Thu, 02 Feb 2023

Employee Retention Tax Credit: Things You Should Know

7Newswire
02 Jan 2023, 14:38 GMT+10

Employee Retention Tax Credit (ERTC), a component of the Coronavirus Aid, Relief, and Economic Security (CARES) Act, is intended to assist firms in keeping employees on the payroll during the COVID-19 pandemic's economic downturn. The ERTC, to be exact, is a fully refundable credit equal to 50% of qualified earnings, up to $10,000 in salary per employee. Continue reading if you want more details on the fully refundable tax credit. Business owners' financial concerns are a common topic for many financial consultants. This blog will guide you more about ERTC Funding. ERC Today is here to help with ERC and will also guide you through the filing process.

What Is Employee Retention Tax Credit? 

The Employee Retention Tax Credit (ERTC), one of the relief measures included in the CARES Act, incentivizes small businesses to keep their staff members instead of furloughing or firing them. Employees who receive qualifying wages between March 12, 2020, and January 1, 2021, including qualifying health plan expenses, are entitled to a 50% credit. Since there is a $10,000 restriction on the total qualified earnings that you may claim, the maximum credit for each employee is $5,000.

The employer's part of payroll taxes that the ERTC covers is entirely refundable. The IRS has created a concept to let qualified firms get paid in advance for their credit. This is supposed to ease the liquidity worries that several firms that are ERTC claimants have.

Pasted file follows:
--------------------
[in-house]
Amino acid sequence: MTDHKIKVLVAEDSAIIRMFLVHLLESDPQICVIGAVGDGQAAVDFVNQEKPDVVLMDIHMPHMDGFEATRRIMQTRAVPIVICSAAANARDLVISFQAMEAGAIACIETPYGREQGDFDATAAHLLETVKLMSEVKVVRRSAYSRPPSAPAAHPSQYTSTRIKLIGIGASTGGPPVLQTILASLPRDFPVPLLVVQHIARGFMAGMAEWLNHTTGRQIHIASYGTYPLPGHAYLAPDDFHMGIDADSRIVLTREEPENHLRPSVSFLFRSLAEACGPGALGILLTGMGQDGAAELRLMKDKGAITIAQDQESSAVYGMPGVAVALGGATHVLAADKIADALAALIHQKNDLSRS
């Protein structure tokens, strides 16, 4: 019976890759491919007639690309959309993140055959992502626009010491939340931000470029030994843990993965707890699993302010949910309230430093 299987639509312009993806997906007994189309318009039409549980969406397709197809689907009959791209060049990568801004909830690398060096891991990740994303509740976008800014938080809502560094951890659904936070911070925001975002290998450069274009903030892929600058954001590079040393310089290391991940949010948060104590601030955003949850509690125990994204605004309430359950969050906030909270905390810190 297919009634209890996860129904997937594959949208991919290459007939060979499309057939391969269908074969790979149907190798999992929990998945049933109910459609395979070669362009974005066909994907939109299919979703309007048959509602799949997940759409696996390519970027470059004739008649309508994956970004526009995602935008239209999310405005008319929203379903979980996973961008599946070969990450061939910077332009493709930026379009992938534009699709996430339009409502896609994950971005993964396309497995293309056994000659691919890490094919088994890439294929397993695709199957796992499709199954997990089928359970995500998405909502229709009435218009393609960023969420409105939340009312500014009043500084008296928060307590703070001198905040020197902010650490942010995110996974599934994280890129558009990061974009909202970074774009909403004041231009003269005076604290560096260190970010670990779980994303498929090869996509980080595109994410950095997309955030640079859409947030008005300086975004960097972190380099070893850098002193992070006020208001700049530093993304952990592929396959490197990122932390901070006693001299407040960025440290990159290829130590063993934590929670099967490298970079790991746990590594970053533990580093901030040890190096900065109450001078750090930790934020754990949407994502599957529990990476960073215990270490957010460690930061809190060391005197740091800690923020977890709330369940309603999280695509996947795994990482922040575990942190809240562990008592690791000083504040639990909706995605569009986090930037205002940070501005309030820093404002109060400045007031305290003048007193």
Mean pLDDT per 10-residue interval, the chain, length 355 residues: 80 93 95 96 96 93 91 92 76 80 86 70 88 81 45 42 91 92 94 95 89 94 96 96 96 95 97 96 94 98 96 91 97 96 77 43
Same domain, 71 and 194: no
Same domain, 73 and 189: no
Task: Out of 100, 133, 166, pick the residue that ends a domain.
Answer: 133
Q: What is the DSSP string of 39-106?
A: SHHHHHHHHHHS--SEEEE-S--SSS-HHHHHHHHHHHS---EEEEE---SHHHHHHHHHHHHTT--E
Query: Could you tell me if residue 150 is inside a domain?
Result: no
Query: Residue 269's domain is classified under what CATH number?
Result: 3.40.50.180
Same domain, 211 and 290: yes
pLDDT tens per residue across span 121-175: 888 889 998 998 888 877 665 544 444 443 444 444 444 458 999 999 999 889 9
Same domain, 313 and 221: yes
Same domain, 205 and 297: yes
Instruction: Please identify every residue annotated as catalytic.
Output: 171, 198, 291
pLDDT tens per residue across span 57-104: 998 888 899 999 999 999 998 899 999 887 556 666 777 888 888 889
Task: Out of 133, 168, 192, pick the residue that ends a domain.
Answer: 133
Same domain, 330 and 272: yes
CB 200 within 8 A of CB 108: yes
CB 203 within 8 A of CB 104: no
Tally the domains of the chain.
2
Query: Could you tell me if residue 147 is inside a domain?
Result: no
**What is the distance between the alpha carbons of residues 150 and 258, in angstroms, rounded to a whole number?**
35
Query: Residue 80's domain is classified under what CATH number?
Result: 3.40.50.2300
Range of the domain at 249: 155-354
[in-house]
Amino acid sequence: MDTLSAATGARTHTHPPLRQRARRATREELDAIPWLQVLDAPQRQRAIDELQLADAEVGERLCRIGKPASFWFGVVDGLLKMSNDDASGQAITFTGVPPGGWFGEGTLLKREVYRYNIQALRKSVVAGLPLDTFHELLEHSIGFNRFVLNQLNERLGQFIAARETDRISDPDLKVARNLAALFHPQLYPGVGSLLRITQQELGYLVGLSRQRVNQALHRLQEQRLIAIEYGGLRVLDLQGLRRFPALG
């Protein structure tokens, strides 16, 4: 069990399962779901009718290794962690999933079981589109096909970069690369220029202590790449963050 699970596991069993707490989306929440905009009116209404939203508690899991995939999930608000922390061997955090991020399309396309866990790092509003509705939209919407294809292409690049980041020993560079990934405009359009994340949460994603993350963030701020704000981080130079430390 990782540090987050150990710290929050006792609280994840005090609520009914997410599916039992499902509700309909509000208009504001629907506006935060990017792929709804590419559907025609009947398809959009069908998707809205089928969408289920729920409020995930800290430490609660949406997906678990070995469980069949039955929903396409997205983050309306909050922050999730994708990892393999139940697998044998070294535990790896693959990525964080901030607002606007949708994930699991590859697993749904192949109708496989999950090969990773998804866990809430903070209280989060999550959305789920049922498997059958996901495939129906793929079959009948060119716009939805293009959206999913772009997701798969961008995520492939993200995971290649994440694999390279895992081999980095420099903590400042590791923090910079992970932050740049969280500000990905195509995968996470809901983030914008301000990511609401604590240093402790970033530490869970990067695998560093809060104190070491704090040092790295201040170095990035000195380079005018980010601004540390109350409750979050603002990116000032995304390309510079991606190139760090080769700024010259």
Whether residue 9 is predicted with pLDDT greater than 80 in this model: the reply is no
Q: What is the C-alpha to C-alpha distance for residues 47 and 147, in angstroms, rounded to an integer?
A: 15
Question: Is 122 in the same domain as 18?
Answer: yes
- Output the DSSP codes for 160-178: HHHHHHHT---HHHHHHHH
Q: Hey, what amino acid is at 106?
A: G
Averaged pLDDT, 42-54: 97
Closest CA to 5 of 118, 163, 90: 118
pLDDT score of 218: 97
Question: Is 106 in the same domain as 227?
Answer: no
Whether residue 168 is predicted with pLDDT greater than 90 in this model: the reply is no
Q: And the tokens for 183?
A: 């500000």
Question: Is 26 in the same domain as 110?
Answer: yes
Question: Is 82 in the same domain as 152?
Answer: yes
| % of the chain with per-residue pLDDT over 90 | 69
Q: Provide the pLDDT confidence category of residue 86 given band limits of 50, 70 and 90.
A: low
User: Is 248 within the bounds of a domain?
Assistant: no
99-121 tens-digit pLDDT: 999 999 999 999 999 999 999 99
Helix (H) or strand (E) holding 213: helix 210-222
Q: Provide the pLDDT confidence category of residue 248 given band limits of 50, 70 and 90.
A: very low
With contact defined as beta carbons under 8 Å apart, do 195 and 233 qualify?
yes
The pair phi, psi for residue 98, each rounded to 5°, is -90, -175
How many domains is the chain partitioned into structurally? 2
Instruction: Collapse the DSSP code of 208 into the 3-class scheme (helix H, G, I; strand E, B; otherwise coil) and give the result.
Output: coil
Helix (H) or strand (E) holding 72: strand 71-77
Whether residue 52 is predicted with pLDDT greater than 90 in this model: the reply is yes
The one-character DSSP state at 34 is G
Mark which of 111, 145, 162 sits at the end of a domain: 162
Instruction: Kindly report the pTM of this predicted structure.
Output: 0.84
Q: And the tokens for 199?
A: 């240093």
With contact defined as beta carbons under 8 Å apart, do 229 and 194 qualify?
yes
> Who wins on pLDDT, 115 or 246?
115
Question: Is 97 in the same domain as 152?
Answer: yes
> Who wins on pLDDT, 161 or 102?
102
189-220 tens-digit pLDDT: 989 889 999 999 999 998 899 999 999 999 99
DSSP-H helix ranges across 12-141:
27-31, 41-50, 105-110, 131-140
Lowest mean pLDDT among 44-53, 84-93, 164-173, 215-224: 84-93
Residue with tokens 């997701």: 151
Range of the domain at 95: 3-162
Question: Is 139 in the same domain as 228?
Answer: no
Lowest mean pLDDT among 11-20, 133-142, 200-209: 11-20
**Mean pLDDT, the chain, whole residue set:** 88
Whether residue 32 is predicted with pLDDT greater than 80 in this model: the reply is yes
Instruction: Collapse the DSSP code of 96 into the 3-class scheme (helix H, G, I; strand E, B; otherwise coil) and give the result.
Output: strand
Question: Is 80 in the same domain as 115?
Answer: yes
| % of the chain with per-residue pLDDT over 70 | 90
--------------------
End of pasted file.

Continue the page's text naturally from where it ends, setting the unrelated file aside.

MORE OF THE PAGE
Employers have until April 15, 2024, and April 15, 2025, respectively, to submit claims for the ERTC for 2020 and the credit for 2021.

The Employee Retention Tax Credit: Who Qualifies and Who Doesn't?

The ERTC is only accessible to a limited number of qualifying workers whose companies have been impacted by the coronavirus pandemic, in contrast to other, more generally applicable measures stated in the CARES Act. Apart from sole proprietors and government employers, they encompass most company categories.

As a qualifying employer, you can become eligible in one of two ways. The IRS website states that you must either:

  • Due to a legislative decree about the coronavirus, you may entirely or partially suspend activities in 2020.
  • Show a notable drop in revenue for a quarter in 2020. For a particular quarter's gross income to meet this condition, it must be less than 50% of its gross receipts from 2019.

All workers are eligible if a company has less than 100 personnel. Only those paid but not performing work because of coronavirus-related reductions are qualified if a company has more than 100 workers.

You should note that Paycheck Protection Program (PPP) loan recipients are not qualified for the Employee Retention Tax Credit. Additionally, companies cannot make two claims for their workers' pay regarding the Family and Medical Leave Act (FMLA) and the Work Opportunity Tax Credit.

What are some prevalent misconceptions concerning the ERTC?

Due to their misunderstanding of the admittedly complicated regulations governing who is and is not qualified, several small enterprises fail to take benefit of the ERTC.

1) No significant revenue decrease: Some firms that have not seen a considerable revenue decline may nevertheless be eligible for the employee retention tax credit.

2) Believing that an unimportant firm is ineligible: An organization need not be seen as "unimportant" to be eligible for the credit.

3) The notion that if a company has already received PPP funding, it cannot qualify for the ERTC. A company may still be eligible if it has received funds under the Paycheck Protection Program. The employer is permitted to make claims for qualified wages not paid for by payroll to be considered for PPP debt relief.

4) Does a company still qualify if it never shuts down? Even if an employer didn't shut down operations entirely during the epidemic, several ERTC program requirements might still allow them to be eligible for it. Small businesses that have to close their doors partially may file a claim. If a company can demonstrate a reduction in income even if it did not get a government order to complete, it may still be eligible.

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